About 80 percent of respondents say water supply is of primary concern, a sentiment heightened in arid states like Utah and Arizona. Roughly the same percentage of people surveyed think access to water will continue to be an issue in 2030. Over 30 percent say Lake Powell — the nation’s second largest reservoir created by a dam along the Colorado River — should be drained. About 40 percent oppose the idea, and 30 percent aren’t sure.
“That shows that folks are very aware that climate change and drought are huge problems in the West,” Weiss says, “and there’s obviously an awareness of that across parties, across demographic groups, across urban and rural areas.”
It’s hard to ignore the drought when you turn on your faucet and no water comes out, which happened to residents near Scottsdale, Arizona, in January; or when a dire forecast warns that the Great Salt Lake could vanish in five years, according to a recent report; or when 500 homes are destroyed and 30,000 people are evacuated during an unprecedented December wildfire in Colorado.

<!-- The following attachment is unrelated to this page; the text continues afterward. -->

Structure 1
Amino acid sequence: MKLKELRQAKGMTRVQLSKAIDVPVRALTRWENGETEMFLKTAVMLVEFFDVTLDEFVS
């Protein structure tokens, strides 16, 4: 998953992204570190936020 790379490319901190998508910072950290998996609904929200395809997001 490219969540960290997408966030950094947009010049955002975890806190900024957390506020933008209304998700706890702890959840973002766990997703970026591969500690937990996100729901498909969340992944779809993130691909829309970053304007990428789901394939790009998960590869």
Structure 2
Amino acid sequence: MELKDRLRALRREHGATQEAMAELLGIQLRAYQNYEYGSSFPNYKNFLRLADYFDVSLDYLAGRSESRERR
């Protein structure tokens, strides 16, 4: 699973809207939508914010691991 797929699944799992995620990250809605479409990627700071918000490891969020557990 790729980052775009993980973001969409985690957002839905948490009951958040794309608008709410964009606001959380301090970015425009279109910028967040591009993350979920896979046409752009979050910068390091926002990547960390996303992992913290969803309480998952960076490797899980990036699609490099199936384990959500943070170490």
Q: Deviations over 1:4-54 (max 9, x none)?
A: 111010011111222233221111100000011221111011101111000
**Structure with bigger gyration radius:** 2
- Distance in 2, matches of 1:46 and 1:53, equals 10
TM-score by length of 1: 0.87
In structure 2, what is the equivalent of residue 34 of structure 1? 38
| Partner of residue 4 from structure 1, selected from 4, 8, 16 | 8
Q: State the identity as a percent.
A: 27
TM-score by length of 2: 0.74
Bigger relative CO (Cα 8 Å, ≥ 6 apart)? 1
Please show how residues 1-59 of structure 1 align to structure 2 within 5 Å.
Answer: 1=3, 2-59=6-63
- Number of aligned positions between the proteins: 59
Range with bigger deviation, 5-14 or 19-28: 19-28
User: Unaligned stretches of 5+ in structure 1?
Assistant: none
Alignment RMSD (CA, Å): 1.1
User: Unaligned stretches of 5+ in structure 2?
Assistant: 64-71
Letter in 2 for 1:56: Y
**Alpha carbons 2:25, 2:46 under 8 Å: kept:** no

So, how should policymakers respond? In a free-market economy, government is reluctant to put the brakes on growth, as McCool points out, “but we could certainly stop subsidizing it.”
“If a company wants to come here and says ‘we need a million gallons of water,’ the response should be ‘you’re going to have to pay to conserve a million gallons of water someplace else,” he says.
That message could have come from Powell himself. Given his hard line at the time, one wonders if the legendary explorer would have been surprised that the West’s unfettered growth has continued to this point without utter destruction. Powell’s warnings drew the ire of Congress, who after his testimony in 1890 slashed funding for his work and continued to promote new settlements in the West.
Powell was disheartened, but persisted. In 1893, he spoke at a conference in Los Angeles, with a perspective that remains timeless.
“There is not enough water to irrigate all the lands,” he said. “It is not right to speak about the area of the public domain in terms of acres that extend over the land, but in terms of acres that can be supplied with water.”
This story appears in the March issue of Deseret Magazine. Learn more about how to subscribe.